Koen Platteeuw is a Media Consultant at Dow Jones and has worked for more than 10 years in a variety of Media Research roles. He works closely with clients in the pharmaceutical, food and agricultural, chemicals as well as the transportation and logistics industries. Koen is accredited by the International Association for Measurement and Evaluation of Communication (AMEC) and holds a post graduate degree in Digital Journalism from the Universitat Oberta de Catalunya, Barcelona, Spain.
Oil spills seem to happen more often nowadays, and each time, energy companies have to react to the crisis situation. BP’s disaster in the Gulf of Mexico is still fresh in people’s memories and in mid-April another oil leak occurred at its Russian oil venture, TNK-BP, in one of its main regions in the Khanty Mansi autonomous district in Russia. The media soon reported that TNK-BP was sacrificing pipeline maintenance in order to pay high dividends to investors. TNK-BP’s reputation as a socially responsible company was under threat.
Within hours TNK-BP’s press service issued a statement stressing that the company has a comprehensive pipeline integrity assurance program and carries out regeneration of previously contaminated land. Immediately, the decrease of price shares slowed down from the initial 5% drop on the first day of the crisis.
Looking at average favourability trend for April it is obvious that the favourability plunged on 18 April, reaching a maximum low of -0.42 on a scale of -1 to +1. But during the next few days, despite talks of lawsuit over TNK-BP oil spills, it did not go below -0.29 and quickly recovered to a neutral level, illustrating how the company’s quick response limited the damage and stopped further loss of share value.
Tags: BP, brand reputation, crisis communications, Public Relations, sentiment
Last week I had the opportunity to go to Houston to speak at a Factiva client event. I discussed how corporate communications’ responsibilities for reputation management, understanding the fragmented media environment and measuring communications program results are influencing our planning and products for communications and PR professionals.
It’s always great to meet customers – especially when they are an engaged, dynamic group like this one. I took the opportunity to ask them several “flash poll” questions to get a sense of their outlook on a few topics. Some of the “findings” included:
- When asked, “Are you an advocate for new ways to measure communications results?” 66% said Yes.
- 75% agreed that social media is an opportunity to enhance corporate reputation. However, only 12% are “engaged and delivering results,” while 66% are still evaluating how to participate in social media.
- When asked whether Tools, Skills or Time is the greatest challenge when managing corporate reputation in today’s fragmented media landscape, 42% said it was a combination of all three.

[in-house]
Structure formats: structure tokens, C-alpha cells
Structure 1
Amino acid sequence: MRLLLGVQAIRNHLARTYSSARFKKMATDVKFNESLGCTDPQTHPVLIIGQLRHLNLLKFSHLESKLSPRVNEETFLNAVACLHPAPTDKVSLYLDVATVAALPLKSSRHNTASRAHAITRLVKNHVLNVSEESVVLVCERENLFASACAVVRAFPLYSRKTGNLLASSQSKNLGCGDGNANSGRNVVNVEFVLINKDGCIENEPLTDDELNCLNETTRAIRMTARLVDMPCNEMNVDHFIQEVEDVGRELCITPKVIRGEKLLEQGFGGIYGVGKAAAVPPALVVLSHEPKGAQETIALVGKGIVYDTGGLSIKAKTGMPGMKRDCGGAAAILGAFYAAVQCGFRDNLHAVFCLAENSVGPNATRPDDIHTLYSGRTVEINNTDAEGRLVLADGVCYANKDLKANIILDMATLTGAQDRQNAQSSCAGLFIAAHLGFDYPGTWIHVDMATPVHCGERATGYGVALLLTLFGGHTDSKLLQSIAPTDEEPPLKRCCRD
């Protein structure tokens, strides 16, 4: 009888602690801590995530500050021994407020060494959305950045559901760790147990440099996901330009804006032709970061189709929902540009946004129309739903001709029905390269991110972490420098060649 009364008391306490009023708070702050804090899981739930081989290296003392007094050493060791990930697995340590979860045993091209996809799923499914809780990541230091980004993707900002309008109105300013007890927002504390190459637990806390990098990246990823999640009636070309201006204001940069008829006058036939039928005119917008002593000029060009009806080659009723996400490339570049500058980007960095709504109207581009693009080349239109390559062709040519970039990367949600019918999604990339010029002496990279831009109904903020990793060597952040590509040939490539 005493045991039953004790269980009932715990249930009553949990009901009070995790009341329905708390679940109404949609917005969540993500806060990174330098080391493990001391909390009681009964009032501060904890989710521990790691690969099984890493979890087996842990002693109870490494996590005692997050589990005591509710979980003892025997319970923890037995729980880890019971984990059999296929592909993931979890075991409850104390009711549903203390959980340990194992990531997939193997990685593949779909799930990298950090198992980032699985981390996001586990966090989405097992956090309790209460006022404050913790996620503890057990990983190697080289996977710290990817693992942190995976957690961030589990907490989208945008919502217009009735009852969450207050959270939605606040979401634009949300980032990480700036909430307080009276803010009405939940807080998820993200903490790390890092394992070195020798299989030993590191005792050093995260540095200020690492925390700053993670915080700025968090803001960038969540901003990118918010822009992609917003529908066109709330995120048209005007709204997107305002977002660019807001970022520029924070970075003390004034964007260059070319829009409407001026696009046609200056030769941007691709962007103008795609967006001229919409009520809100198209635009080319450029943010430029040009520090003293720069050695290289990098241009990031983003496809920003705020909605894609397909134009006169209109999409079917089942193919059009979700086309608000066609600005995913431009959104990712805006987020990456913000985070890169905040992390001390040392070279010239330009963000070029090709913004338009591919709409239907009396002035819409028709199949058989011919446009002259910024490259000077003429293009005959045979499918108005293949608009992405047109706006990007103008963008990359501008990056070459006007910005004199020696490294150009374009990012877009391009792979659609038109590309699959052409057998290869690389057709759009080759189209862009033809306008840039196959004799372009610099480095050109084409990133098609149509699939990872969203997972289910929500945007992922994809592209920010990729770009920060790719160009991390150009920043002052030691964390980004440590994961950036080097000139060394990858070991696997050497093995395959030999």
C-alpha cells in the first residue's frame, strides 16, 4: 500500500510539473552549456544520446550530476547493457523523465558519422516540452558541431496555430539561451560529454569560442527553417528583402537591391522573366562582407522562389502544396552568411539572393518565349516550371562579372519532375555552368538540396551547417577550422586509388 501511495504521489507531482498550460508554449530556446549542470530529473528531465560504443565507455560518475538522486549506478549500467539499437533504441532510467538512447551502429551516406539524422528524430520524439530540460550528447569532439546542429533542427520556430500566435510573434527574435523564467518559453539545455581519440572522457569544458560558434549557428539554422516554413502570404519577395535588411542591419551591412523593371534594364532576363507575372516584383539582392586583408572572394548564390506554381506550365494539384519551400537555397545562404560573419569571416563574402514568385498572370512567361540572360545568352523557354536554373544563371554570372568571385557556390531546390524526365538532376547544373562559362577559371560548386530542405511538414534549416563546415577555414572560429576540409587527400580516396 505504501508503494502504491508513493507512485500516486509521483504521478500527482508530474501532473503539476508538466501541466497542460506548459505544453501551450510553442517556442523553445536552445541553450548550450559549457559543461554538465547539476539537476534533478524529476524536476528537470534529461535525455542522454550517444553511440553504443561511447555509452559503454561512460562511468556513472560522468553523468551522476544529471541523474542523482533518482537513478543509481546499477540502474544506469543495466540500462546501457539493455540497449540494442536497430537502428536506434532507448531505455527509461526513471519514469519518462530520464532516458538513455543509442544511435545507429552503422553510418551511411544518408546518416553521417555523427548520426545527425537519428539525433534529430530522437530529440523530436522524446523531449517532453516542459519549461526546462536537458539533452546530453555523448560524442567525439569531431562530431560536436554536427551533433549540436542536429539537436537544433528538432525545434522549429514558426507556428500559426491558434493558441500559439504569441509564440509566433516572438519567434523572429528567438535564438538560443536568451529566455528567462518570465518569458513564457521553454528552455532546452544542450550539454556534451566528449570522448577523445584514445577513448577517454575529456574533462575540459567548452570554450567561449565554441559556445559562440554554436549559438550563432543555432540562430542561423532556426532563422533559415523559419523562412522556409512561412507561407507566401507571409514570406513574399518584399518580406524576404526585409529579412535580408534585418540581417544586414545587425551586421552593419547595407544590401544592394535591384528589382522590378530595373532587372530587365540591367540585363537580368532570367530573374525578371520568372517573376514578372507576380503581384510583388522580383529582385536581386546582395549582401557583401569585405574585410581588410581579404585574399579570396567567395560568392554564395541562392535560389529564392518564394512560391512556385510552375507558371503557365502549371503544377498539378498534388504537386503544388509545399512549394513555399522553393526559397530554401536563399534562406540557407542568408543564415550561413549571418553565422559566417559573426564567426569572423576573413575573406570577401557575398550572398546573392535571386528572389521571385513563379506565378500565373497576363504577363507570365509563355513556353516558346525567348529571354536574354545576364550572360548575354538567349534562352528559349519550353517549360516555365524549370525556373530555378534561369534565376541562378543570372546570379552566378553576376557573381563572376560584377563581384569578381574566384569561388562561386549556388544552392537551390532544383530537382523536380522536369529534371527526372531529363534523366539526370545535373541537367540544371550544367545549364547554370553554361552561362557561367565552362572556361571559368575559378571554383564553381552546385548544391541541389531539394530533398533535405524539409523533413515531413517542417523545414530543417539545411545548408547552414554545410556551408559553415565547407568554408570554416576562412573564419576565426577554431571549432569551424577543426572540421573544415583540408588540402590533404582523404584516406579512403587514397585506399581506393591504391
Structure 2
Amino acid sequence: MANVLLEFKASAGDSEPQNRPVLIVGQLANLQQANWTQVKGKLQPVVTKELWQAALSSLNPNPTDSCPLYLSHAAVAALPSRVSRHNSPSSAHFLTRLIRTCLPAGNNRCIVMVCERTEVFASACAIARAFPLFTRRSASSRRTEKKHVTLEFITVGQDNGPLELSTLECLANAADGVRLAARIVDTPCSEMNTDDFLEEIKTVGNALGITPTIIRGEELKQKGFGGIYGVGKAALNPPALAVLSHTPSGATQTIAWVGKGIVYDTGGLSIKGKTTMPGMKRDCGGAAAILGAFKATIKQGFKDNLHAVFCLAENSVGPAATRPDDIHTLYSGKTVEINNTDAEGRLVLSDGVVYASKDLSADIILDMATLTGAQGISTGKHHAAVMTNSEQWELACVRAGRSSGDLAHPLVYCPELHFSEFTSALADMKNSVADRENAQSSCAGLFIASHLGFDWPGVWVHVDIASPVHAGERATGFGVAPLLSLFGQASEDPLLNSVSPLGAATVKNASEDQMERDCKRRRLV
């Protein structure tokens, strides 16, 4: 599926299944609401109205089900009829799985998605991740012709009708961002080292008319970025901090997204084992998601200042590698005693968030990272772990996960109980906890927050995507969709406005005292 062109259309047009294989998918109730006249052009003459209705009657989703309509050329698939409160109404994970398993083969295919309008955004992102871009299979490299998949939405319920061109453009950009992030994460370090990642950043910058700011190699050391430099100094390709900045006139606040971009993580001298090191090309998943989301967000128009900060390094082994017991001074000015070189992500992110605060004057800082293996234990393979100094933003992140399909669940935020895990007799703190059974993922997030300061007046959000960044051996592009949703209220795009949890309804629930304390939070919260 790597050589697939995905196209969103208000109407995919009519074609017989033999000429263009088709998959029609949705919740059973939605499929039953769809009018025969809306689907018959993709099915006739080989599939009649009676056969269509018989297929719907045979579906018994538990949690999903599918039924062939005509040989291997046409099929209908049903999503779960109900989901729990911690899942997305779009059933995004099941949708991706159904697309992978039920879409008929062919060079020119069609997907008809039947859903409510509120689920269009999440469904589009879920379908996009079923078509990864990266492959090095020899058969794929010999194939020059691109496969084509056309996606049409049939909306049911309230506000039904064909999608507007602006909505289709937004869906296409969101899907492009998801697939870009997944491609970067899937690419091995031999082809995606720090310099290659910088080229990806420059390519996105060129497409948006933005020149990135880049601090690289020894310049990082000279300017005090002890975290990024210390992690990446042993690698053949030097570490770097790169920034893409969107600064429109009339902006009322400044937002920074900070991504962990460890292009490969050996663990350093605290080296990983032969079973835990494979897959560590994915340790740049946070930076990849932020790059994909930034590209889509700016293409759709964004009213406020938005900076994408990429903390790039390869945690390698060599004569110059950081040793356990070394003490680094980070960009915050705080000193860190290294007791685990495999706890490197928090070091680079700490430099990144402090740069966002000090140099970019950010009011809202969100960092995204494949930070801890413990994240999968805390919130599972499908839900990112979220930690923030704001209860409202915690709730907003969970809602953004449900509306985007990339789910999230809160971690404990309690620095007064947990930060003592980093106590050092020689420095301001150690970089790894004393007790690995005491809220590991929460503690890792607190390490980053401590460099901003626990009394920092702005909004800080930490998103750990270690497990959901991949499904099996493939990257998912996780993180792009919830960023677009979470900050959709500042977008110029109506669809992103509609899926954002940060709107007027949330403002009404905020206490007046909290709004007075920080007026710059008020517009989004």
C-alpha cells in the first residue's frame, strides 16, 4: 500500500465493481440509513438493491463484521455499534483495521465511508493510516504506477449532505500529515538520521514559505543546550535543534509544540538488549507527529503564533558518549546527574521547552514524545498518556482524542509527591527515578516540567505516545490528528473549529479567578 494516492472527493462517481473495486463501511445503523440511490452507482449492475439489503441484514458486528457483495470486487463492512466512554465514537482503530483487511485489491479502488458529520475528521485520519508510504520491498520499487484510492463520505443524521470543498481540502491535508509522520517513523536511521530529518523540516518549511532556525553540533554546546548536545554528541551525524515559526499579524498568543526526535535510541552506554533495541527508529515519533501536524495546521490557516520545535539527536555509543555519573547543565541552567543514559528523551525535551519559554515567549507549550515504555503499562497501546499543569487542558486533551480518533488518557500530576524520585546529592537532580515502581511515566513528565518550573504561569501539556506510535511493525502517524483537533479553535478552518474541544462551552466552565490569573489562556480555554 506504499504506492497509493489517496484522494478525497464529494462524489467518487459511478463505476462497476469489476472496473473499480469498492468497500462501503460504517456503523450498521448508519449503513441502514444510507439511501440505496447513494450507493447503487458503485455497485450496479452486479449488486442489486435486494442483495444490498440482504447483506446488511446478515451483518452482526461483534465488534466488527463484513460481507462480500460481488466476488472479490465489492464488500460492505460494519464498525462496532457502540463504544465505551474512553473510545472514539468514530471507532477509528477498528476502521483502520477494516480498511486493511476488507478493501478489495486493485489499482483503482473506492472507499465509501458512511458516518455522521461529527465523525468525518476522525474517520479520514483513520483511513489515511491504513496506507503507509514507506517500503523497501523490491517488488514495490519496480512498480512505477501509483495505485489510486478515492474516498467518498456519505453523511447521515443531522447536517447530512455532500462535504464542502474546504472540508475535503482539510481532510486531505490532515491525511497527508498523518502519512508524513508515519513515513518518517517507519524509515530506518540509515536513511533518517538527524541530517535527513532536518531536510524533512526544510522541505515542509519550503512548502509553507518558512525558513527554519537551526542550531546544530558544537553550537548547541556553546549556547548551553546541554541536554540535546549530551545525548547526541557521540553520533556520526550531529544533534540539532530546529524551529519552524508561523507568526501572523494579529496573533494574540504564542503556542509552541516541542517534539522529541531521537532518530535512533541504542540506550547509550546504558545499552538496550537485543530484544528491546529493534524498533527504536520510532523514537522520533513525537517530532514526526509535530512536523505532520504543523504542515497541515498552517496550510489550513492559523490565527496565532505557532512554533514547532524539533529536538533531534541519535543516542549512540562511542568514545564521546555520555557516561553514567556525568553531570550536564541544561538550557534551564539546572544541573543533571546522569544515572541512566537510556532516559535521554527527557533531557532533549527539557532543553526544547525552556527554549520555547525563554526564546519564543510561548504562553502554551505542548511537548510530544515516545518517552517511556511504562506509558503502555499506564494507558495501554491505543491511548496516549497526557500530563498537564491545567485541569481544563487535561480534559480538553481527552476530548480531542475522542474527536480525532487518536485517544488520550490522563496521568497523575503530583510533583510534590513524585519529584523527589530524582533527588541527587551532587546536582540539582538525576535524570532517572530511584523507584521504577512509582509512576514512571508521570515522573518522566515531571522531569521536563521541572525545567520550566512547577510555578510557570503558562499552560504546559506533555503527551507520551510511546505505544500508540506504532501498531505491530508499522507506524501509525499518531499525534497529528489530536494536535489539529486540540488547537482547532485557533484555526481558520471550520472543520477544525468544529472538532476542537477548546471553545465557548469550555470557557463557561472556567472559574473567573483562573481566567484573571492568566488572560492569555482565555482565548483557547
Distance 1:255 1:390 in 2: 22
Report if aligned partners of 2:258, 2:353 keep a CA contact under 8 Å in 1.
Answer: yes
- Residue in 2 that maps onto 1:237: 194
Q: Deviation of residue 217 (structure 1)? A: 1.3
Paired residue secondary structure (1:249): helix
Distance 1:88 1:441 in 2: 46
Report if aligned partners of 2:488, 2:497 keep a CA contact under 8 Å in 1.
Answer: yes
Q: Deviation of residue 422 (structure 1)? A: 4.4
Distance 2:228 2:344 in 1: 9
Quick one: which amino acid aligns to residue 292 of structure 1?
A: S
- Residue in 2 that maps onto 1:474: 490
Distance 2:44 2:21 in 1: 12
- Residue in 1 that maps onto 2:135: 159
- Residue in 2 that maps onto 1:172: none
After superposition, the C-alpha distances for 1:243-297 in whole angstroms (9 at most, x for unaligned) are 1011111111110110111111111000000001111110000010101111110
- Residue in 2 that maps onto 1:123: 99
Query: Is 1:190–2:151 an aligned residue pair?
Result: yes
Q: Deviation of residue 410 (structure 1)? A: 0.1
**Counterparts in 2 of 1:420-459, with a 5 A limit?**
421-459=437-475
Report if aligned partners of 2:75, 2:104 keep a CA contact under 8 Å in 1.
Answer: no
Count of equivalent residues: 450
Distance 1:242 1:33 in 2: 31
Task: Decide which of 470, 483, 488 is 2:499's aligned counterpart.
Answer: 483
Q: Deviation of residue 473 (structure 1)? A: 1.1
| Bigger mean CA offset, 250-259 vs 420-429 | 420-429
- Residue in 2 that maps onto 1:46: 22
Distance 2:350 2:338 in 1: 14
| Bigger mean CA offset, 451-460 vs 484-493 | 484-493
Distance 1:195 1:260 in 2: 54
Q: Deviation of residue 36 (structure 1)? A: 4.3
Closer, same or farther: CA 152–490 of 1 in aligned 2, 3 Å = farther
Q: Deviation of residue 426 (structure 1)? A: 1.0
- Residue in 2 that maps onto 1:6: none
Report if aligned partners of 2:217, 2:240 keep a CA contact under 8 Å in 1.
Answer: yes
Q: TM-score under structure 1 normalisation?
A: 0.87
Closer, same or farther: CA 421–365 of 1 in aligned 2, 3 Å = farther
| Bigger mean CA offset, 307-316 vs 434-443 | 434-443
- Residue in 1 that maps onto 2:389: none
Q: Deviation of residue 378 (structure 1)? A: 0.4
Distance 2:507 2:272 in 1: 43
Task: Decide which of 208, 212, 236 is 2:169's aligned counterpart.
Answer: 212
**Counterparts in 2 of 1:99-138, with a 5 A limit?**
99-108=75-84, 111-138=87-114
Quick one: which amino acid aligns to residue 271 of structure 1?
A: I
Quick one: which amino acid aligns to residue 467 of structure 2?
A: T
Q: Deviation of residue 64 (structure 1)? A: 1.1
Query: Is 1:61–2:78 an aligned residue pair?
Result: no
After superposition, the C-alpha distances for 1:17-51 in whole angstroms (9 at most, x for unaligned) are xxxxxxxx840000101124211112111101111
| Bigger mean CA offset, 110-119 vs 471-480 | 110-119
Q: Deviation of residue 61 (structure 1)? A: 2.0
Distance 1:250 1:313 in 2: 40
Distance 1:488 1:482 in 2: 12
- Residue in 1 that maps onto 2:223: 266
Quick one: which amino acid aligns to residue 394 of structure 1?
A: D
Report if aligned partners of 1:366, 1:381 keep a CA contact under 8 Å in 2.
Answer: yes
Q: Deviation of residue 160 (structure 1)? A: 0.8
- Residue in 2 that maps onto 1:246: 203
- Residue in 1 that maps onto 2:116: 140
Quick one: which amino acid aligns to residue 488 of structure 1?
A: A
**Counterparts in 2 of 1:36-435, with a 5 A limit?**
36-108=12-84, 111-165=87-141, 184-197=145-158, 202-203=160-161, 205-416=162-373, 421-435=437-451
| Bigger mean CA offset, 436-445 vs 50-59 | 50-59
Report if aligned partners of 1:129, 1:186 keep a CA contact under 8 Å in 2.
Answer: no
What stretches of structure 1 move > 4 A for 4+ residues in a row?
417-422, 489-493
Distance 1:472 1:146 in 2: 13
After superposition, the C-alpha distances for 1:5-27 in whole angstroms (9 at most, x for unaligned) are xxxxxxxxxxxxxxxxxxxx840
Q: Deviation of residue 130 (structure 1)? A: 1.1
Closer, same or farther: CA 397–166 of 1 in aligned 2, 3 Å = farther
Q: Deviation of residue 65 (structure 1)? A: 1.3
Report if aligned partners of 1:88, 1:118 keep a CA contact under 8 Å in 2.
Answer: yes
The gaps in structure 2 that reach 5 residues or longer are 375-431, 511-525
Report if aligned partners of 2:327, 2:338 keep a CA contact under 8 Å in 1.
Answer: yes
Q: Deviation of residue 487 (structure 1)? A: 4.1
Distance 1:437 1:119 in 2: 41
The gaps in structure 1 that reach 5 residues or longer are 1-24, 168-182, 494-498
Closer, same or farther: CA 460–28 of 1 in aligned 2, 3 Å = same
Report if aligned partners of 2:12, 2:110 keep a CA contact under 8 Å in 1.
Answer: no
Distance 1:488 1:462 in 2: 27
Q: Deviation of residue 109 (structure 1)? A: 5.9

There was one question everyone agreed on: managing, protecting and enhancing their firm’s reputation is their number one priority.
Tags: brand reputation, measurement, Public Relations, Social Media
In the summer of 2011, Netflix was the future of video and its stock was at an all-time high. Within a quarter, the company lost two-thirds of its market value and its strategy was a shambles.
Between July and October 2011, the company unbundled its DVD and streaming services, increased its prices for the second time in a year, announced that it expected to lose a million customers and that it would spin off its DVD service under the brand “Qwikster”, and then canceled Qwikster less than a month later.
Netflix’s stock price has not recovered.
Netflix was trying to mitigate some powerful strategic threats in the summer of 2011, but the company lost control of its message.
I charted Netflix’s Dow Jones Insight Media Index (IMI) for 380,000 news stories since last July. Since October, Netflix’s IMI has returned to its summer 2011 levels, but the company’s stock price is stuck in the doldrums.
The Netflix debacle is more of a strategic than a communications fable, but there are some clear lessons for marketers:
- Think ahead. By delaying the inevitable unbundling until the last minute, Netflix maximized the pain for their customers and themselves.
- Keep it simple. Netflix was founded on a principle of simplicity, but Qwikster was just baffling.
- Own your name. Someone already owned @Qwikster on Twitter. This expensive error signaled a lack of preparation to the markets.
- Think twice before doubling down. Netflix followed its unpopular unbundling with a baffling spinoff.
Tags: measurement, media measurement, Netflix, Social Media, Twitter